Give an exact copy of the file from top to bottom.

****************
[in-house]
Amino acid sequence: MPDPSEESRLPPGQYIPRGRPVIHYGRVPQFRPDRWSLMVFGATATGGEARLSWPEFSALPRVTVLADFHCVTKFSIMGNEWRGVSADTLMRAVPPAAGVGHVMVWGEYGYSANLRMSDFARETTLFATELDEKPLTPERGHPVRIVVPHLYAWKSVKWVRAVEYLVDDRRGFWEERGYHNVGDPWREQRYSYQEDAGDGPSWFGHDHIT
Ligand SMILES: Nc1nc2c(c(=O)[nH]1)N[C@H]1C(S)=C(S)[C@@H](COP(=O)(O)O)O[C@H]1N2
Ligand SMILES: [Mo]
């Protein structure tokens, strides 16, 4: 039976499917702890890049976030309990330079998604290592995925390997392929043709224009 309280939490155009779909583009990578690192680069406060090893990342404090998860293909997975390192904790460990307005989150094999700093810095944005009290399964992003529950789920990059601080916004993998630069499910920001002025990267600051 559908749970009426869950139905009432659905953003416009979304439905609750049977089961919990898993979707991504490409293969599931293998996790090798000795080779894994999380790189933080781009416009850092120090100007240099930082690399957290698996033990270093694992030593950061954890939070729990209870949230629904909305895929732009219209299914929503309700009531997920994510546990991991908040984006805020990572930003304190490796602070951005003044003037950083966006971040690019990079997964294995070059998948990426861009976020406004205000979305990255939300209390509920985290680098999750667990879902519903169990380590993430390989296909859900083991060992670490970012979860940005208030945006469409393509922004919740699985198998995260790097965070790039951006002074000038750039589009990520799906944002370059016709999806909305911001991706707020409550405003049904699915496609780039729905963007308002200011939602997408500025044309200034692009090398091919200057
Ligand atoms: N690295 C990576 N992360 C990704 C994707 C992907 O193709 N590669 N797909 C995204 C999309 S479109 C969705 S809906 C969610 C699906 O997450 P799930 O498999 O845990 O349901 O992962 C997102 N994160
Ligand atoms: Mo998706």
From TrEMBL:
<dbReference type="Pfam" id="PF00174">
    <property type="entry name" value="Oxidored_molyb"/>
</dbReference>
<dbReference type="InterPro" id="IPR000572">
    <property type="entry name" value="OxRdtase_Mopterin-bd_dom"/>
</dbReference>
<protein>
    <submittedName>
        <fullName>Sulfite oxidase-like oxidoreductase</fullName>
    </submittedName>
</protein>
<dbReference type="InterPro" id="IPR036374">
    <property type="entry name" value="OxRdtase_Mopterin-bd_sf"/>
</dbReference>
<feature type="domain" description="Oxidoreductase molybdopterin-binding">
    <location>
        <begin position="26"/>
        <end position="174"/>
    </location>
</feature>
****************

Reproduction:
[in-house]
Amino acid sequence: MPDPSEESRLPPGQYIPRGRPVIHYGRVPQFRPDRWSLMVFGATATGGEARLSWPEFSALPRVTVLADFHCVTKFSIMGNEWRGVSADTLMRAVPPAAGVGHVMVWGEYGYSANLRMSDFARETTLFATELDEKPLTPERGHPVRIVVPHLYAWKSVKWVRAVEYLVDDRRGFWEERGYHNVGDPWREQRYSYQEDAGDGPSWFGHDHIT
Ligand SMILES: Nc1nc2c(c(=O)[nH]1)N[C@H]1C(S)=C(S)[C@@H](COP(=O)(O)O)O[C@H]1N2
Ligand SMILES: [Mo]
């Protein structure tokens, strides 16, 4: 039976499917702890890049976030309990330079998604290592995925390997392929043709224009 309280939490155009779909583009990578690192680069406060090893990342404090998860293909997975390192904790460990307005989150094999700093810095944005009290399964992003529950789920990059601080916004993998630069499910920001002025990267600051 559908749970009426869950139905009432659905953003416009979304439905609750049977089961919990898993979707991504490409293969599931293998996790090798000795080779894994999380790189933080781009416009850092120090100007240099930082690399957290698996033990270093694992030593950061954890939070729990209870949230629904909305895929732009219209299914929503309700009531997920994510546990991991908040984006805020990572930003304190490796602070951005003044003037950083966006971040690019990079997964294995070059998948990426861009976020406004205000979305990255939300209390509920985290680098999750667990879902519903169990380590993430390989296909859900083991060992670490970012979860940005208030945006469409393509922004919740699985198998995260790097965070790039951006002074000038750039589009990520799906944002370059016709999806909305911001991706707020409550405003049904699915496609780039729905963007308002200011939602997408500025044309200034692009090398091919200057
Ligand atoms: N690295 C990576 N992360 C990704 C994707 C992907 O193709 N590669 N797909 C995204 C999309 S479109 C969705 S809906 C969610 C699906 O997450 P799930 O498999 O845990 O349901 O992962 C997102 N994160
Ligand atoms: Mo998706």
From TrEMBL:
<dbReference type="Pfam" id="PF00174">
    <property type="entry name" value="Oxidored_molyb"/>
</dbReference>
<dbReference type="InterPro" id="IPR000572">
    <property type="entry name" value="OxRdtase_Mopterin-bd_dom"/>
</dbReference>
<protein>
    <submittedName>
        <fullName>Sulfite oxidase-like oxidoreductase</fullName>
    </submittedName>
</protein>
<dbReference type="InterPro" id="IPR036374">
    <property type="entry name" value="OxRdtase_Mopterin-bd_sf"/>
</dbReference>
<feature type="domain" description="Oxidoreductase molybdopterin-binding">
    <location>
        <begin position="26"/>
        <end position="174"/>
    </location>
</feature>